The most recent Quarterly Economic Survey, published by the Northern Ireland Chamber of Commerce (NICC), found that eight in ten companies faced hiring challenges. Key indicators showed that manufacturing was the hardest-hit sector in the North of Ireland. Of the 71 per cent of manufacturers actively seeking staff, 80 per cent were running into difficulties sourcing the requisite skills.

Manufacturing in Ireland has enjoyed improving fortunes – with positive exports and overall growth. With enterprises poised to take advantage of improving resources, business leaders have voiced frustration at a lack of clarity and leadership, which is blocking their opportunities to capitalise by expanding their workforce.

Lack of leadership draws criticism

High among the criticisms were delays to the return of the Northern Ireland Executive, and a failure of government to lead in the training and re-skilling of the domestic workforce.

Northern Ireland also appears to be better prepared to meet its brexit doubts than the rest of the UK. Almost a quarter (24 per cent) of polled businesses had appointed someone to lead brexit readiness. Of the remainders, about one in three (30 per cent) said they were actively seeking professional guidance on the potential outcomes of brexit.

NI Chamber chief executive, Ann McGregor emphasised the negative impact of Brexit: “we are stuck in limbo while Brexit negotiations continue to dominate”.
“Those businesses that are hiring are finding it increasingly challenging to fill vacancies. There are some serious skills gaps opening up for firms, and we urgently need to find a way to resolve this.”

Brian Murphy, managing partner at accountancy firm BDO said that “key regional issues in Northern Ireland” surrounding brexit must be resolved to ensure stability in the economy. “Clarity on these points will allow [businesses in Northern Ireland] to develop and implement meaningful long term growth plans”, he advised.

Graduate recruitment post to LinkedIn misfires spectacularly

How do you attract the brightest and best to a career in recruitment consultancy? This is an important question for every agency manager. The rush for talented young professionals has led to a surge in graduate recruitment drives among recruiters. In the past, we have looked at diverse approaches – from brand identity, to gamifying the candidate experience.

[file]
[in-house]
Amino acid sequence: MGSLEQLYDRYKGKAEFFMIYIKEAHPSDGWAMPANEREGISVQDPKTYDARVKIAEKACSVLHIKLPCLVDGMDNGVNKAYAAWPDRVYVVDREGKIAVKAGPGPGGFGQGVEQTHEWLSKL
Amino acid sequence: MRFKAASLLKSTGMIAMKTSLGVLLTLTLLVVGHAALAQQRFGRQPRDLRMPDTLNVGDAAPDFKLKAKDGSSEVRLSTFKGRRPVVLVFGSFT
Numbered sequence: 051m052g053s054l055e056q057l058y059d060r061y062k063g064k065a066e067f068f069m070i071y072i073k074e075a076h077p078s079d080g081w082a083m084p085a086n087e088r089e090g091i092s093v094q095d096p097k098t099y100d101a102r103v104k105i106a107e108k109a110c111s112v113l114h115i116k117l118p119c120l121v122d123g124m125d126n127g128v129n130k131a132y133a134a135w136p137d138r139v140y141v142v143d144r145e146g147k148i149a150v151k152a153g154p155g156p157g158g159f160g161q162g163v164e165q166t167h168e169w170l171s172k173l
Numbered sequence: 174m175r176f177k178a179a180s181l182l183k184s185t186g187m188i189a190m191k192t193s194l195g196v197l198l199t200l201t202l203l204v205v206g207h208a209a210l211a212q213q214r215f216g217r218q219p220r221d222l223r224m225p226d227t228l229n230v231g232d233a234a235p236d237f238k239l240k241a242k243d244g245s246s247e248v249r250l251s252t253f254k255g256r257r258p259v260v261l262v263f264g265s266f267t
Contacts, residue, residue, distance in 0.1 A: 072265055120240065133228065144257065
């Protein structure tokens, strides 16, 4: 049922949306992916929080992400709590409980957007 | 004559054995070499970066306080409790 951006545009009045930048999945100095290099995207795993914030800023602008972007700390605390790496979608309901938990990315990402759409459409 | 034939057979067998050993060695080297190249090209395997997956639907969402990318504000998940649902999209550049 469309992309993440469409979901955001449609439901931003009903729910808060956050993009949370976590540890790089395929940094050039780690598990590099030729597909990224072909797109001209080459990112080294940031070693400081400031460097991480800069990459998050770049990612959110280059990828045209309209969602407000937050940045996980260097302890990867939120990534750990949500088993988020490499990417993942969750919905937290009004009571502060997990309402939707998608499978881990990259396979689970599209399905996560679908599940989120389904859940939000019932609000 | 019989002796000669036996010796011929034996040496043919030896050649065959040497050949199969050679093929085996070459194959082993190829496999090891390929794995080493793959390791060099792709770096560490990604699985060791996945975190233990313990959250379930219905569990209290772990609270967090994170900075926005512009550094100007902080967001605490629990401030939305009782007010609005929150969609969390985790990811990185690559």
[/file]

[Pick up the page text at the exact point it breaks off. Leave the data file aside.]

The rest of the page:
But one of the most tried-and-tested methods is to sell the aspirational lifestyles that many modern recruiters enjoy. You know: all those rooftop champagne soirées and flying a Lear jet while wearing cargo shorts with your suit jacket. That sort of thing.

That is modern recruitment according to a recent advert post to LinkedIn promoting the industry to graduates, made by Haigh Associates.

Their promotional reel sees a group of new recruitment consultants socialising, flying private jets – and playing ping pong at work.

The clip – which plays like an episode of The Apprentice, condensed into 45 seconds – can be seen

Obviously, there is nothing wrong with promoting an idealised vision of the recruiting life. But Haigh’s attempt to market those aspirations backfired spectacularly by disgusting the very demographic it was attempting to attract.

The spectacular misstep was spotted by industry commentators, before being roundly mocked by the very students it hoped to attract.

Online student portal then posted posted its own take-down of the campaign. Criticising its forced machismo and “the grand total of 1.5 women” shown during the advert, the students’ verdict was that it could only appeal to people who were “already a lost cause”.

But Haigh co-founder Kane Fallon called the mockery unfair. Responding to the commentary, he said “the purpose of this was purely to promote our company incentives.” He concluded his post to LinkedIn with the hashtag #SPREADPOSITIVITY